Last week, we pointed you to a Texas Monthly Q&A with actor and Denton transplant Jason Lee. A note at the end of the story said that Lee told the magazine he was leaving Denton for California at the end of the year. Last Friday, local culture blogger Sara Button tweeted that Lee confirmed to her that he is not leaving Denton. Button and Lee are both members of the Greater Denton Arts Council board.
Texas Monthly has not changed the footnote in the Q&A, which you can read at www.texasmonthly.com/the-culture/candid-cameraman. And the commenters on the article took a moment to bash both Lee and the religious North Texans Lee said he liked. No surprises, there. Some of the chief uses of the Internet are sniping at celebs and taking pot-shots at pious Christians, right?
The new local low-power FM radio station KUZU (92.9) won't start broadcasting this week, board members told us. The official launch date is July 22. Also, the leadership told us that their preliminary test -- after the community radio station's antennas went up last week in downtown Denton -- showed that the station's range is broader than they initially predicted. This means you might be able to tune into the station farther than a city block, or maybe even farther, than the station's 3-mile radius.
By 5:45 p.m. Wednesday, Indivisible Denton reported that roughly 200 people had gathered near the Sheraton in McKinney to demonstrate their objections to Sen. Ted Cruz's support for President Donald Trump and to decry the controversial health care bill currently clogging the docket at the U.S. Senate. Indivisible Denton is the local iteration of a national movement built on resistance to the Trump administration and the priorities of GOP lawmakers who hold majorities in Congress. Signs were pointed. One man brandished a poster with the image of a chagrined Cruz making campaign calls after defecting from the "never Trump" camp during his own bid for the White House. The poster asked, "Can we buy you back?"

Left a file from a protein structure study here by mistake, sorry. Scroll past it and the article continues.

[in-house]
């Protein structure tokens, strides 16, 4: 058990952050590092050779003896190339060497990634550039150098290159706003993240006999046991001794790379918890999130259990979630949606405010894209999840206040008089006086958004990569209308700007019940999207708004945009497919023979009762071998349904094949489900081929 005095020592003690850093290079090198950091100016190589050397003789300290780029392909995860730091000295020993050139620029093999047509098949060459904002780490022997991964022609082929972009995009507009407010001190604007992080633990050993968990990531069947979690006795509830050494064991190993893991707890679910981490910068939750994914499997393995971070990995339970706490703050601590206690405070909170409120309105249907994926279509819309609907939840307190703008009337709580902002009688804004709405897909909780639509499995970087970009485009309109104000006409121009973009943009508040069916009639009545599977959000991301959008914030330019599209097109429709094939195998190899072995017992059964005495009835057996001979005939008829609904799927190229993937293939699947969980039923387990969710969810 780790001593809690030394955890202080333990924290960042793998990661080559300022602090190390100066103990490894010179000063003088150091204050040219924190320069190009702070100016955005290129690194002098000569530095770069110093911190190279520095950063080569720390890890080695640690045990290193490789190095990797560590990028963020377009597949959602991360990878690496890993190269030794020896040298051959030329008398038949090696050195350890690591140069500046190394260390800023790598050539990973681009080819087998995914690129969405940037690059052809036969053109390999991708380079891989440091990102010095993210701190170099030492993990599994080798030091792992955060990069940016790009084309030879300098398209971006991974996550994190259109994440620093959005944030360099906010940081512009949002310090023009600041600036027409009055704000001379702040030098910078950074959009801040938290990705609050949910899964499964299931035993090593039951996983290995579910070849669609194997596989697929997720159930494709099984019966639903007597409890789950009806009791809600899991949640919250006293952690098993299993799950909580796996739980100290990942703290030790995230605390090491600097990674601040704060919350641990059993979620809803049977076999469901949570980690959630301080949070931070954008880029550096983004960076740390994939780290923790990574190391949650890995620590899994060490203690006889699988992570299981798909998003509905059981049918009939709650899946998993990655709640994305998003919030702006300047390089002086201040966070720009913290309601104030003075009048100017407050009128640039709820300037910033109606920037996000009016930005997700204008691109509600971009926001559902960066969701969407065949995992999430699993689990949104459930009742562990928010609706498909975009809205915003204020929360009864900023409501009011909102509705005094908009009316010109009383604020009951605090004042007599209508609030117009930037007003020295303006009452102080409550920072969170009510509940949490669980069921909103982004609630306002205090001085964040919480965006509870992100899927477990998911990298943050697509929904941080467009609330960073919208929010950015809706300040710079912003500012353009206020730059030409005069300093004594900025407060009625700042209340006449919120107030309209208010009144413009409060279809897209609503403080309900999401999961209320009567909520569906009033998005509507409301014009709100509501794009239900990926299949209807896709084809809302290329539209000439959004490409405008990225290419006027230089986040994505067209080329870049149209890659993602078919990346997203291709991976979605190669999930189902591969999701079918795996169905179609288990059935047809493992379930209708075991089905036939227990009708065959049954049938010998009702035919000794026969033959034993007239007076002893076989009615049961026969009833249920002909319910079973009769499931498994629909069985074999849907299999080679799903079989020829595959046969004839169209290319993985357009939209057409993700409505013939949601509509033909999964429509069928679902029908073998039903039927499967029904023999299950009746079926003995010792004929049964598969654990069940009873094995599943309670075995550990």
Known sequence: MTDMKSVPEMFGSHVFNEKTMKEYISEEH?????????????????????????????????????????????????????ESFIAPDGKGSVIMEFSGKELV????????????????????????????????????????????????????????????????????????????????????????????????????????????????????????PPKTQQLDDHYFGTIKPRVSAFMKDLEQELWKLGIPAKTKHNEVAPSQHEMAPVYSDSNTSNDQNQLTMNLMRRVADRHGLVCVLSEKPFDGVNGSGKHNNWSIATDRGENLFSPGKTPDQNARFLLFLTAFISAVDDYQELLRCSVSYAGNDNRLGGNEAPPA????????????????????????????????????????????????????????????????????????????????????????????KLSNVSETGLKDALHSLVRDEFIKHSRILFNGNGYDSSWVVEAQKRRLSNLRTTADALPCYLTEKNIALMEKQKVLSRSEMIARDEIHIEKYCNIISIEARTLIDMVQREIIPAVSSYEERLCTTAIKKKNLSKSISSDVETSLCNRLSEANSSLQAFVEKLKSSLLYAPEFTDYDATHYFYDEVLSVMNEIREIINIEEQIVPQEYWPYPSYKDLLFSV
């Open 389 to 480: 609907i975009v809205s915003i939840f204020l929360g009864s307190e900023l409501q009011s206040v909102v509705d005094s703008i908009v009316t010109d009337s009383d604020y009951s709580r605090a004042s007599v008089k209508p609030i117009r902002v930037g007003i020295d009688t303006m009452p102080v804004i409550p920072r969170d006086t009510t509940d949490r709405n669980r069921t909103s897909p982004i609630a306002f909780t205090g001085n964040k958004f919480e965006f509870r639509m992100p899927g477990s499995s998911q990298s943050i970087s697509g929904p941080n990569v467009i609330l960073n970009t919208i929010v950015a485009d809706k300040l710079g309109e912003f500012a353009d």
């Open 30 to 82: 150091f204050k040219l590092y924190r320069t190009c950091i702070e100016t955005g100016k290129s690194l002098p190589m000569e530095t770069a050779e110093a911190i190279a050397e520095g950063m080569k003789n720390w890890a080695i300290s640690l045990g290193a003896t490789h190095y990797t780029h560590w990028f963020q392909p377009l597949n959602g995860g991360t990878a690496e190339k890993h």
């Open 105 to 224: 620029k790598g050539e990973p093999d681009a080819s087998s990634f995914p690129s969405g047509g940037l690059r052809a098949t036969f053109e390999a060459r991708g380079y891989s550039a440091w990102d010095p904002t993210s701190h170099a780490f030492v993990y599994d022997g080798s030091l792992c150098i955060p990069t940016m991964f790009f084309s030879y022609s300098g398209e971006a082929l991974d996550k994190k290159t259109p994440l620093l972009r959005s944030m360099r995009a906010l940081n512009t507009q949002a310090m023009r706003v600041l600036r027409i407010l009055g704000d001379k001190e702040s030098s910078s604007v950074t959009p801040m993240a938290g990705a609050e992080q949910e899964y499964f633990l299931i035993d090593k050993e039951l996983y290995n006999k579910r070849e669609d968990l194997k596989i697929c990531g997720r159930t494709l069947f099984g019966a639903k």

There's already a lot for Denton residents to love about WinStar World Casino in Thackerville, Oklahoma. The gambling options top the list of attractions, plus the concerts by world-renowned talent -- Bob Dylan, Tony Bennett and Dolly Parton have performed at the casino's Global Events Center. The casino just announced one more attraction: Kirby's Prime Steakhouse and Mickey Mantle's, a steakhouse and bar combo already under construction on the first floor of WinStar World Casino Hotel. Another Texas-based restaurant, El Fenix, opened in the casino's Paris Gaming Plaza in 2012.
The city of Denton announced that it will be rolling out a new payment portal for locals to pay their utility bills online. Residents recently received news of the new portal in their latest bill, which promises "enhanced account and payment features." No idea if this means the online payment portal will debut with a fresh new look, like the city's website got with the latest redesign, or if the new portal will look like the old one with more options and features. (Ahem. We just tried the new portal, which requires you to register. It wouldn't let us register, objecting to every password we tried. The portal declared all of our password selections "strong" but kept insisting we weren't following the directions to use an alphanumeric word with at least one number.)
Champ D'Or, which is fabled to be the biggest house in Texas, sold at auction recently for an undisclosed amount. The 48,000-square-foot mansion in Hickory Creek recently went up for auction a second time. Dallas developer Zaf Tabani bought the massive house at auction in 2012 and sold it the same way. Inspired by Vaux-le-Vicomte near Paris, the Denton County chateau is named for the French phrase for "field of gold," from the surname of Alan and Shirley Goldfield. The couple built the house in 2002.
Sarah Jaffe, a Dallas indie-rocker who got her start here in Denton, releases her fourth studio album, Bad Baby, on Friday. A gaggle of local musicians were overheard at the charity hot dog eating contest on Monday asking each other if they'd ever seen a photo of Jaffe smiling. Her promotional shots do tend toward the inscrutable.
"The American Republic will endure until the day Congress discovers that it can bribe the public with the public's money."
--Alexis de Tocqueville, 19th-century French diplomat and admirer of American
Denton Dammit is an old-fashioned gossip column about people, places and things in and around Denton. Send your submissions to Lucinda Breeding at email@example.com.